Industry heavy hitters are making moves to create circular solutions that keep everyday products, such as chip bags and plastic drinking bottles, out of landfills with the launch of groundbreaking waste-to-energy programs and closed-loop packaging solutions.
The Dow Chemical Company has struck up a new partnership with Keep America Beautiful in an effort to help communities keep traditionally non-recycled plastics — such as chip bags, sachets and juice bags — out of landfills.
As part of the partnership, the multinational will award two $50,000 grants for organizations to create Hefty® EnergyBag™ programs in their communities, which will see recyclable materials converted into energy.
The program sees households in participating communities place their non-recycled plastic items in Hefty® EnergyBag™ orange bags and put them in curbside recycling bins at the same time as regular recyclables. The orange bags are then delivered to a material recycling facility where they are sorted and delivered to local energy recovery facilities, which then convert the bag contents into energy resources, such as fuel or a chemical feedstock that can be used to make new plastics in a closed-loop system.
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The grant is funded through the company’s Global Citizenship Impact Fund, which provides financial resources for business-aligned global citizenship initiatives focused on three key impact areas: access to clean drinking water, packaging to prevent food waste and post-consumer waste management.
“The Hefty® EnergyBag™ program demonstrates Dow’s commitment to advancing a circular economy, a pillar of our 2025 Sustainability Goals,” said Neil Hawkins, Chief Sustainability Officer for Dow. “In partnership with Keep America Beautiful, these grants will enable the growth of this important initiative and show the power of a collaborative blueprint for reducing landfill waste and waste released to the environment, two critical global priorities.”
The first Hefty® EnergyBag™ program was launched in Omaha, NE in September 2016 and has since expanded from 6,000 to 8,500 households. As of June 2017, the Omaha program has collected more than 13,000 bags of previously non-recycled plastics, diverting more than six tons of waste previously destined for landfills.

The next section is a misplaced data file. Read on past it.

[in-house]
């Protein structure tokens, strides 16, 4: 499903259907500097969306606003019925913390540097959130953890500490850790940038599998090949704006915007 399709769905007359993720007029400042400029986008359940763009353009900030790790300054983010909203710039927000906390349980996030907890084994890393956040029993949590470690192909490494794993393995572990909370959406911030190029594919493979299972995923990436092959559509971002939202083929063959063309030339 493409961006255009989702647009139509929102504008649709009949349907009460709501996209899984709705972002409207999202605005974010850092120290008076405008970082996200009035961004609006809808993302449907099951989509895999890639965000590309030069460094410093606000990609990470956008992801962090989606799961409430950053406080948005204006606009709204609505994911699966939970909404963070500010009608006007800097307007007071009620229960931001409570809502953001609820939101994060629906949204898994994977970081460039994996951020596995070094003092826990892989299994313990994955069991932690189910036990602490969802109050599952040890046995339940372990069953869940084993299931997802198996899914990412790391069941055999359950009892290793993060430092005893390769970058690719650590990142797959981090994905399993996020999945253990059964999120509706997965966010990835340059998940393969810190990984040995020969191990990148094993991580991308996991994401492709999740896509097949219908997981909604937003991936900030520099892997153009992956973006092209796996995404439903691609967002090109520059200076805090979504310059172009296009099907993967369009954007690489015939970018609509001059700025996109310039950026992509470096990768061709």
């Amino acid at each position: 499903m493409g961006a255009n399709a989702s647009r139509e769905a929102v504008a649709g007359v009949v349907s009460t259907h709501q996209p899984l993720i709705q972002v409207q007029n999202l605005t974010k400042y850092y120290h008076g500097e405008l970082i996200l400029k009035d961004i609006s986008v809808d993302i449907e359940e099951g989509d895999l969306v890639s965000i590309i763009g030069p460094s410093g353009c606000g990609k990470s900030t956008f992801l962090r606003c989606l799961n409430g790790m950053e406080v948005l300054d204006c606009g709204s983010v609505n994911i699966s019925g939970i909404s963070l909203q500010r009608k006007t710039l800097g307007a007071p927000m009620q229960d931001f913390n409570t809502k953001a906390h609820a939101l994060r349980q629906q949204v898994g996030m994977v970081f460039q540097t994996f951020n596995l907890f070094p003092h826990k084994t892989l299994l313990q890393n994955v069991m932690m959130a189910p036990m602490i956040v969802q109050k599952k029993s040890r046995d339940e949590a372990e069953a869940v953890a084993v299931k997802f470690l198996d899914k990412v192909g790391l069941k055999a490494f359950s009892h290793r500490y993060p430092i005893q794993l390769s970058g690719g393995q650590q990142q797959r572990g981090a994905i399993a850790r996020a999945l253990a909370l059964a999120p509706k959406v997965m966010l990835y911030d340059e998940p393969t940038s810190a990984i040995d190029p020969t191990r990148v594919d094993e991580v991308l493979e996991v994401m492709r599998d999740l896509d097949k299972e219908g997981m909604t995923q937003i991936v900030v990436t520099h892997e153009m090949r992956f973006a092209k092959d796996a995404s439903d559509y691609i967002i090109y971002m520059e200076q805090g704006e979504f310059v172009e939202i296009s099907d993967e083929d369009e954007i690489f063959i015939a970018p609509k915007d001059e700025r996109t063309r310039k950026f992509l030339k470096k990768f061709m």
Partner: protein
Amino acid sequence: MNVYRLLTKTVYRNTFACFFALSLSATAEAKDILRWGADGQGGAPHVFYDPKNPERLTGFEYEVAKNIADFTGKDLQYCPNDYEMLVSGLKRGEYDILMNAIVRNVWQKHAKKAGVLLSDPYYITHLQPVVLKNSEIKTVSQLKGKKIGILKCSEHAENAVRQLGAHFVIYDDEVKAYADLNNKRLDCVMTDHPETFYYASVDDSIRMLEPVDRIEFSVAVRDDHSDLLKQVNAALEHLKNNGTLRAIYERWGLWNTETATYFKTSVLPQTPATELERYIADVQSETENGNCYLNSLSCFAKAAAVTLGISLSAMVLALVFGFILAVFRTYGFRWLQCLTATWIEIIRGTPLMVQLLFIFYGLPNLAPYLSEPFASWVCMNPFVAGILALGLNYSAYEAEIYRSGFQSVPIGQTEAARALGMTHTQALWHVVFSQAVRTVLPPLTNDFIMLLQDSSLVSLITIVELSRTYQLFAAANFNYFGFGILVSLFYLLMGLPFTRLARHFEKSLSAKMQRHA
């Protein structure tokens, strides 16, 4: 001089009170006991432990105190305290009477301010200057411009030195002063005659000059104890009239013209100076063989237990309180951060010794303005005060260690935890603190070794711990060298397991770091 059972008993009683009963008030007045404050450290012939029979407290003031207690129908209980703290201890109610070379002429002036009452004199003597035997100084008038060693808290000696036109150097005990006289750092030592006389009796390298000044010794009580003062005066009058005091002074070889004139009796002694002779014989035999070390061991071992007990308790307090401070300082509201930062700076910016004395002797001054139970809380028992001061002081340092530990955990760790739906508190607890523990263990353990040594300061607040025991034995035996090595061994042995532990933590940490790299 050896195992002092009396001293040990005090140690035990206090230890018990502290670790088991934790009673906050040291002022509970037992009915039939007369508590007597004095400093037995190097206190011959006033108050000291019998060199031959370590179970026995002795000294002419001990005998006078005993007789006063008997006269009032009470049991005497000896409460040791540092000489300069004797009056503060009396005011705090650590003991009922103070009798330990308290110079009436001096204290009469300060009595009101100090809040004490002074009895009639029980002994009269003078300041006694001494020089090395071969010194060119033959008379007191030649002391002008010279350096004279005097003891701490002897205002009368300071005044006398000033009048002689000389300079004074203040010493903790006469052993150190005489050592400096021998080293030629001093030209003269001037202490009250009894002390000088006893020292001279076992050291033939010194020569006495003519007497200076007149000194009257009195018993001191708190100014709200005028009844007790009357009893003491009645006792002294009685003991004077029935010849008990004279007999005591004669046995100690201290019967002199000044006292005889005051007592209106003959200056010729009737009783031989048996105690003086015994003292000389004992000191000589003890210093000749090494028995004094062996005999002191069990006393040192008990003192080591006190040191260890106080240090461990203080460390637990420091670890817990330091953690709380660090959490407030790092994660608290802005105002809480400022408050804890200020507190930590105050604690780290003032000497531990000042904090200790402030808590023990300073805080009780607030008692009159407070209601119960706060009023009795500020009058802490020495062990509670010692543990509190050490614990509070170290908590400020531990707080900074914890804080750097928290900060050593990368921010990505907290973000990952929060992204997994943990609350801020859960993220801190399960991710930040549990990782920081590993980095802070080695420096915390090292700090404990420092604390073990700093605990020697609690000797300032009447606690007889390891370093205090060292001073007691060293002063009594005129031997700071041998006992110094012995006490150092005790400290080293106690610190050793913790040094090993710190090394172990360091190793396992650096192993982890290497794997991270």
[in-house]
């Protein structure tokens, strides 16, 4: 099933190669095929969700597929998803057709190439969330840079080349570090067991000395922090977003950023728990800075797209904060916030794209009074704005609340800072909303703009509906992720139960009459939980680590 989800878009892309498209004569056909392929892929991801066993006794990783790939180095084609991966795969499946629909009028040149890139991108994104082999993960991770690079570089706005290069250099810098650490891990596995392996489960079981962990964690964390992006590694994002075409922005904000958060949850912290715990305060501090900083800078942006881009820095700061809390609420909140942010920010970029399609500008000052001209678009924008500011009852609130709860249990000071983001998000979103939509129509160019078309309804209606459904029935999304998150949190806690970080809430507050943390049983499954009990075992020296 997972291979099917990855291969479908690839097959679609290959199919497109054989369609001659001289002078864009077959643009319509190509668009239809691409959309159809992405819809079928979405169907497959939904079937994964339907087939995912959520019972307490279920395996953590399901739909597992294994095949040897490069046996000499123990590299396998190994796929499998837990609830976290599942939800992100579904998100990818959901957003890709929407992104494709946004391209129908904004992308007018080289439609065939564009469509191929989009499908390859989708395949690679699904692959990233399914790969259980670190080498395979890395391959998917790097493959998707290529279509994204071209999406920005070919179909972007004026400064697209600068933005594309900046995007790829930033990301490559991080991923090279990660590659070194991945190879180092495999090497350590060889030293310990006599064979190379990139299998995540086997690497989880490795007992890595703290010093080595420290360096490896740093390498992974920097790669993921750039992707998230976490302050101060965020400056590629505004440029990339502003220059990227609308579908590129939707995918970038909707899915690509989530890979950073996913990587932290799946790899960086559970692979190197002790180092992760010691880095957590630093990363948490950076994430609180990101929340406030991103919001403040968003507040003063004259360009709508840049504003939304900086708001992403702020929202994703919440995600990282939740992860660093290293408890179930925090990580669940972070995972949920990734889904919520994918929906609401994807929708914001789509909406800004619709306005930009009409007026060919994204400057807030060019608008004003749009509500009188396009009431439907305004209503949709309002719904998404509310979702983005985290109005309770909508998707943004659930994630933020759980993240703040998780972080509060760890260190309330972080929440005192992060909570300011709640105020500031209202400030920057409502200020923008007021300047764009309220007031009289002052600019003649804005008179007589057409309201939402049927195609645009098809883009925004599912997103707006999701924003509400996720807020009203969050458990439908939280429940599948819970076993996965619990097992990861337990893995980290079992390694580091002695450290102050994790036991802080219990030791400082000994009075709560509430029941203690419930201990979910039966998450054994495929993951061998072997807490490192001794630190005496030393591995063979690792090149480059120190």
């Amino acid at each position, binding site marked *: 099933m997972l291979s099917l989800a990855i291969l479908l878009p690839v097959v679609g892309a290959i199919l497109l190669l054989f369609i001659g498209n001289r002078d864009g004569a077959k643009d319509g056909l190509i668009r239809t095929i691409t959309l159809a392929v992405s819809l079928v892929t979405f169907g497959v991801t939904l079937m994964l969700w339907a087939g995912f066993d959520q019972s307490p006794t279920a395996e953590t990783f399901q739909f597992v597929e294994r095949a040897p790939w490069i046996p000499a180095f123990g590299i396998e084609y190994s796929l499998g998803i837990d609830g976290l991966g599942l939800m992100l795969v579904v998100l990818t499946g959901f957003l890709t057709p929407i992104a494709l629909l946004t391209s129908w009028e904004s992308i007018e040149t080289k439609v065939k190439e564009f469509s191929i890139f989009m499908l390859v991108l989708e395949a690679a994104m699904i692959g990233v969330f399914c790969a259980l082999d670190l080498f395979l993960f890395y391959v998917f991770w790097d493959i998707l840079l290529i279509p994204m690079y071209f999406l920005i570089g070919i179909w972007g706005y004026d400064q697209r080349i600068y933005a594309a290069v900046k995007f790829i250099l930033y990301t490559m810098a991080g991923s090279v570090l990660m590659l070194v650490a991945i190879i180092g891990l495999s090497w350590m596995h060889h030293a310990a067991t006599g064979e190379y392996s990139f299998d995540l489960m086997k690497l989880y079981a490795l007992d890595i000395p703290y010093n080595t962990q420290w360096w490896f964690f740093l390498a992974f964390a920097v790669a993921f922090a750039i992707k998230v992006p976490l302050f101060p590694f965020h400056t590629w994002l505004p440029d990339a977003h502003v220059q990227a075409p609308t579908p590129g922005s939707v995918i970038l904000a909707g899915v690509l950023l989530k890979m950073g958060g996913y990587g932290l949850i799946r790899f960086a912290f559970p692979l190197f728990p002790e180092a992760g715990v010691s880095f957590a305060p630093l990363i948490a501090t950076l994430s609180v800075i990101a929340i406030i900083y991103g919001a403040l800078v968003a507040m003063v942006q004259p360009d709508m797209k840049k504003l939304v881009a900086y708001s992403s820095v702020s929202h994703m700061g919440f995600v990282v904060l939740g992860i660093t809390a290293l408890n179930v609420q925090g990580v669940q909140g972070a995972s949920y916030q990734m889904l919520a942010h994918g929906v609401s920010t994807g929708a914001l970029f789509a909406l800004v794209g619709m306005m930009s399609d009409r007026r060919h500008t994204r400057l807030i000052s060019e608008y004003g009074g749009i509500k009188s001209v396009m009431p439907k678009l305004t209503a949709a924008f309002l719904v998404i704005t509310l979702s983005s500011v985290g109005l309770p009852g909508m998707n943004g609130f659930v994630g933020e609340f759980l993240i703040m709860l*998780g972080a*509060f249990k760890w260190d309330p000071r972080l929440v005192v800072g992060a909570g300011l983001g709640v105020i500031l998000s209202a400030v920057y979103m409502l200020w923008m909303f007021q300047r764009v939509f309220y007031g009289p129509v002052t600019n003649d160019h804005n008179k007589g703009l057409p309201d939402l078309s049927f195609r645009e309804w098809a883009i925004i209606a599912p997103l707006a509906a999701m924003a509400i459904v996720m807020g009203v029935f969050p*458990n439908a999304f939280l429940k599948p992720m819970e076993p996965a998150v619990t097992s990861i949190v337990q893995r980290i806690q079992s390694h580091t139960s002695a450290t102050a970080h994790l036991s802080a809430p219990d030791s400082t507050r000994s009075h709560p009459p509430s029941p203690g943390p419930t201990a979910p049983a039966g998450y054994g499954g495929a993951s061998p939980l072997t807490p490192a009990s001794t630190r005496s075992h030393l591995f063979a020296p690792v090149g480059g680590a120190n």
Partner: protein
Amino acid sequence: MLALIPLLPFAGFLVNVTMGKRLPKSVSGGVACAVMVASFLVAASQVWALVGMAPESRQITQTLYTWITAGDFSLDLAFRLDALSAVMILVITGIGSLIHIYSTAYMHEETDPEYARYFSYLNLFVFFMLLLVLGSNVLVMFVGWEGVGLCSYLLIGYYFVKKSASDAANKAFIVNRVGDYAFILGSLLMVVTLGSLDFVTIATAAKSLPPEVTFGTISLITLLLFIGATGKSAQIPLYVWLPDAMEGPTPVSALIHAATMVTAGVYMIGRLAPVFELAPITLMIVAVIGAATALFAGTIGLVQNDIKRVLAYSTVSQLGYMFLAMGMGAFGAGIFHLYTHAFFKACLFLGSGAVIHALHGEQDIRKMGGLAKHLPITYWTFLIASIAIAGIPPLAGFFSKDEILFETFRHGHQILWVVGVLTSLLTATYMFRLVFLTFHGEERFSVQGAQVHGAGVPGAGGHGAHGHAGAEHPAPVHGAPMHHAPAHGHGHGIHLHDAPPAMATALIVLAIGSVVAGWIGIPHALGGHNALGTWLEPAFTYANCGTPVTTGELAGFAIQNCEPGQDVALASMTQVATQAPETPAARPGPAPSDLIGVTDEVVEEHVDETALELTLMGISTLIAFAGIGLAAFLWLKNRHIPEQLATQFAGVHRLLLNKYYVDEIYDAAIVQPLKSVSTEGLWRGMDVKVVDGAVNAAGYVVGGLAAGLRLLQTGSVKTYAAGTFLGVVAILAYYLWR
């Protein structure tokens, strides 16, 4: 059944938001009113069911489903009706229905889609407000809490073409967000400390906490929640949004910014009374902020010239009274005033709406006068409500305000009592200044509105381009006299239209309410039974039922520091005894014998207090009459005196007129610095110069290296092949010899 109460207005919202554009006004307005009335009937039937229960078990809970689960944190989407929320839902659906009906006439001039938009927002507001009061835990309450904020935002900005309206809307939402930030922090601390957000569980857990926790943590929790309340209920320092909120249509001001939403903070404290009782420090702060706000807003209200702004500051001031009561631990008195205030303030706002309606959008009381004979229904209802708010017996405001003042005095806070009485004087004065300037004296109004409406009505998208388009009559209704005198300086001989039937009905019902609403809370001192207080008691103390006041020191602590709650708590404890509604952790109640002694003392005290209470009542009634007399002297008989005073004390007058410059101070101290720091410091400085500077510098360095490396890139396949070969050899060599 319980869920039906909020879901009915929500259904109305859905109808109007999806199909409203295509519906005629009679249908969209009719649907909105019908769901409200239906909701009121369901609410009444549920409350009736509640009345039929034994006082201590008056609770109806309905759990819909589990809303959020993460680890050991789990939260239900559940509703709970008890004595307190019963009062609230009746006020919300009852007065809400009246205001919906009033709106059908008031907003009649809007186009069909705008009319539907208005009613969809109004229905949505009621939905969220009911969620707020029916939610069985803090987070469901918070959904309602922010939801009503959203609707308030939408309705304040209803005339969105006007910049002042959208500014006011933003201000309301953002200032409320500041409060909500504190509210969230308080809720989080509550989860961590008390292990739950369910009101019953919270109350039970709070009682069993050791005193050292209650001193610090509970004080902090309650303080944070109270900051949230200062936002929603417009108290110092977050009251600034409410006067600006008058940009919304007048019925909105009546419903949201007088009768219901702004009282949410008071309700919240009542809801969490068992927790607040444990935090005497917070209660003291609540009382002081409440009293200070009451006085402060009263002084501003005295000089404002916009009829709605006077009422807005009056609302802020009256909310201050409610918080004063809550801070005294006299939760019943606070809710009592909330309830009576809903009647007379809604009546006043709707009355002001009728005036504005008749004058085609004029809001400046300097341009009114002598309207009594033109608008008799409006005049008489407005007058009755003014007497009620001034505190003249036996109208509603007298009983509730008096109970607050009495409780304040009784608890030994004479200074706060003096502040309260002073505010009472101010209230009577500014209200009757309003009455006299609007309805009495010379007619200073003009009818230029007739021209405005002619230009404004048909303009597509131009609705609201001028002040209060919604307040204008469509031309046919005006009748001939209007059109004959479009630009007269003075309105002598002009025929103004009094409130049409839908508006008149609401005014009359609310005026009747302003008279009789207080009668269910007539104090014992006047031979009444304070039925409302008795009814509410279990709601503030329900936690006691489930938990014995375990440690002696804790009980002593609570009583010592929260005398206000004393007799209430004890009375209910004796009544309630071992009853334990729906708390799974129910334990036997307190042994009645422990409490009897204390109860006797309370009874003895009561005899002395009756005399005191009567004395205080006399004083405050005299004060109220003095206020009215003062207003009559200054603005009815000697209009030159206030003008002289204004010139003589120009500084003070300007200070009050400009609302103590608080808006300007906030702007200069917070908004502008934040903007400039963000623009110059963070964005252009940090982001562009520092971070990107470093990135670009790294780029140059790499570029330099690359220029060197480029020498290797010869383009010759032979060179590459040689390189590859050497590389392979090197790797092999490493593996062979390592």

The Omaha program is based on the success of a 2014 Energy Bag Pilot in Citrus Heights, Calif. and is a collaborative effort between Dow, Reynolds Consumer Products, Recyclebank, First Star Recycling, Conagra Brands and Systech Environmental Corporation.
“The Hefty® EnergyBag™ program is a true proof point for our efforts to redefine the role of business in society,” said Diego Donoso, Business President for Dow Packaging and Specialty Plastics. “By sharing knowledge and resources with communities, we are enabling grant recipients to develop sustainable Hefty® EnergyBag™ programs in their backyards — a crucial step as we look to scale the initiative across the country.”
Meanwhile, Coca-Cola European Partners (CCEP) is on a mission to prevent its packaging from ending up in landfills. The multinational beverage company has unveiled an ambitious new sustainable packaging strategy in Great Britain, in which it aims to double the amount of recycled plastic in all of its bottles to 50 percent by 2020.
According to a new research report by The Guardian, a million plastic bottles are bought around the world every minute, a number which is expected to rise by 20 percent by 2021. In 2016, more than 480 billion plastic drinking bottles were sold across the world, up from 300 billion a decade ago. Coca-Cola alone produces 100 billion disposable plastic bottles every year — the majority of which make their way into landfills or the environment, with only 57 percent of the plastic bottles used each year being recycled.
Research by the Ellen MacArthur Foundation has revealed that between five million and 13 million tons of plastic leaks into the oceans every year and by 2050 the ocean will contain more plastic than fish.